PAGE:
STACEY ABRAMS, a Democrat who narrowly failed in her bid last year to become the first black governor of Georgia, does not concede that she lost the election. “I concede I’m not the governor of Georgia,” she told a reporter from the Associated Press on March 19th. But she blamed her failure to come first in the poll on cheating. She says that voter suppression in Georgia kept her supporters—mostly blacks—away from the polls.
She is hardly alone in believing that. On March 6th Democrats in the House of Representatives launched an investigation into “voter registration, voter access, and other matters affecting the ability of people in Georgia to exercise their right to vote”. The House Oversight Committee has requested documents from the declared winner of the poll, Brian Kemp—who, as secretary of state, supervised his own campaign—in order to evaluate his impartiality, the use of voting machines and the changing of polling places. There is no doubt that Georgia made voting tough for some. But are critics right in thinking that this was decisive in Mr Kemp’s victory?
Some claims can be dismissed out of hand. At an event in Selma, Alabama earlier this month, Hillary Clinton claimed that Georgia had fewer registered voters in 2016 than in 2012. That is straightforwardly untrue. According to data from Georgia’s secretary of state, fewer than 6.1m Georgians registered to vote in the 2012 general election; in 2016, that number had climbed to over 6.6m, and by 2018 it reached nearly 7m. (Mrs Clinton, too, thinks she is a victim: she also made a dodgy claim about voters being turned away from polls in Wisconsin, a state she lost in 2016.)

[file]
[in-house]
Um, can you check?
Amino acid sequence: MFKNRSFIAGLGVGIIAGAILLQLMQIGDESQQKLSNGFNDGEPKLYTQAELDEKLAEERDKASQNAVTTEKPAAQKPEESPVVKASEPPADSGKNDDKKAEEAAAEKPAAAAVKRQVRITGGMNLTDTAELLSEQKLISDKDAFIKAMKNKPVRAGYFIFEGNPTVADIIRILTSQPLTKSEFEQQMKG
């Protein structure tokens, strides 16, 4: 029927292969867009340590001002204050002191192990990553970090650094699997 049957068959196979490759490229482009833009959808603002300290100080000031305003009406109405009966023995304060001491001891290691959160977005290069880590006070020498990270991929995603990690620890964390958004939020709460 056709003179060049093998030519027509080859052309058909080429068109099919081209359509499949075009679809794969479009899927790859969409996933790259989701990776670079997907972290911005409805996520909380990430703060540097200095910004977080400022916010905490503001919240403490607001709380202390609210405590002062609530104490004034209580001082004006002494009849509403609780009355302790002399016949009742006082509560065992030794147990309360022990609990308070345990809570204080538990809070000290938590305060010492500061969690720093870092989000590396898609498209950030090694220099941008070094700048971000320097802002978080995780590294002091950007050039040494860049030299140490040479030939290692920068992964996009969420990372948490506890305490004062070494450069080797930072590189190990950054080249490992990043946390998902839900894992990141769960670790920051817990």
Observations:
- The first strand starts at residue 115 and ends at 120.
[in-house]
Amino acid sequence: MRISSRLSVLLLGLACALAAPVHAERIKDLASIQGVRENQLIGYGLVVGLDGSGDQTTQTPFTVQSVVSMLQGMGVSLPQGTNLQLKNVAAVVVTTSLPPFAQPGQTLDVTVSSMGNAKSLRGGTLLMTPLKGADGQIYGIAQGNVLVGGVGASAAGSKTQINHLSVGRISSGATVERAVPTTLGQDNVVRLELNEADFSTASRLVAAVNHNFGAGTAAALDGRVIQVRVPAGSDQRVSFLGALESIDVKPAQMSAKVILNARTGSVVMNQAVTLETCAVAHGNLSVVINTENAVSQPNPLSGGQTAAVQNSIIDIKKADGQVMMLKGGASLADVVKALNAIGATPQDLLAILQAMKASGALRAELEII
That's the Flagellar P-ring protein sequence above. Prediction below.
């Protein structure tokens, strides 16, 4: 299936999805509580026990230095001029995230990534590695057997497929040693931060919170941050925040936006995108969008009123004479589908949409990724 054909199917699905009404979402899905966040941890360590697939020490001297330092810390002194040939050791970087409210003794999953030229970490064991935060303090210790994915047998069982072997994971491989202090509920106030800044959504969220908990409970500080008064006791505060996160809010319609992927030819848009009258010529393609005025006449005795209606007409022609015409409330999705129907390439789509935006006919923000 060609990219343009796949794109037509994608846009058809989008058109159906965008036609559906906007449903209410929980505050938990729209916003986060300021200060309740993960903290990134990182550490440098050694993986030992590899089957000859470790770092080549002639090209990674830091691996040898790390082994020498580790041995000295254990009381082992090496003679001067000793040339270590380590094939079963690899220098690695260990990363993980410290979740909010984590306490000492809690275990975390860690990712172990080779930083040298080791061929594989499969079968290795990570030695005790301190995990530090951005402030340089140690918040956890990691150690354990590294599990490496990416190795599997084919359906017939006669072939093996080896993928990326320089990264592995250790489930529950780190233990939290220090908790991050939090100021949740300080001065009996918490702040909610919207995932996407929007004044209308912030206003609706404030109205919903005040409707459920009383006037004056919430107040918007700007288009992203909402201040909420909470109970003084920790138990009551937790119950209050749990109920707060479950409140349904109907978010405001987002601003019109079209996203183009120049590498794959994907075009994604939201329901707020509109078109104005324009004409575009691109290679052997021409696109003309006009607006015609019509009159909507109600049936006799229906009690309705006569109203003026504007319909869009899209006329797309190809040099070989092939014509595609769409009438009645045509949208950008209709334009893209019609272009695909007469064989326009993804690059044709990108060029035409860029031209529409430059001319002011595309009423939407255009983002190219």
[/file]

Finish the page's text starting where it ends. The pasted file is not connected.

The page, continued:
The House Oversight Committee is interested in the “exact match” voter-validation programme that was designed to ensure that voters’ registration applications matched the information that the state had on file. In 2018 a US district judge, Eleanor Ross, said that raised “grave concerns” about disenfranchising minority voters vastly more often than whites. Michael McDonald, an academic who has been involved in voting-rights litigation in the past, identified the programme as one of the more consequential examples of voter suppression in Georgia. But in the end poll workers were not allowed to use it to turn voters away from the voting booths, because of Judge Ross’s ruling. The number of possibly disenfranchised voters was close to 50,000; Mr Kemp’s margin was 55,000. Mr McDonald says that Ms Abrams’s claims “are very tenuous”.
It could be that changing the location of polling places in predominantly black precincts hurt Ms Abrams’s ability to win. Georgia closed more than 200 polling places during Mr Kemp’s tenure as secretary of state. Research by Henry Brady and John McNulty, both political scientists, found that changing the site of polling places in Los Angeles County had significant negative effects on voter turnout in California’s election for governor in 2003. They estimate that there was a 1.85% reduction in turnout in precincts where polling places changed. So this strategy “could be used by an unscrupulous politician or registrar to manipulate an election”.
Between 2014 and 2018, turnout among blacks in Georgia (some 90% of whom voted for Ms Abrams) did not decline but in fact leapt, from 750,000 to 1.1m. For Mr Kemp’s lead to disappear, you have to assume that had he not closed down polling places, it would have been even higher, by about 6%. That is possible but perhaps generous to Ms Abrams.
In the end, it should not matter whether voter suppression was enough to keep Ms Abrams out of a job. As she herself has pointed out, “voter suppression is insidious”. Even if it does not make the difference between a victory or a defeat, it still deprives citizens of their rights. Mitch McConnell, the Republican Senate majority leader, commented in January that a bill intended to increase voter turnout was a “political power grab” designed to “rewrite the rules to favour [Democrats] and their friends”. Perhaps he should explain why the rules as they are now seem mostly to benefit Republicans.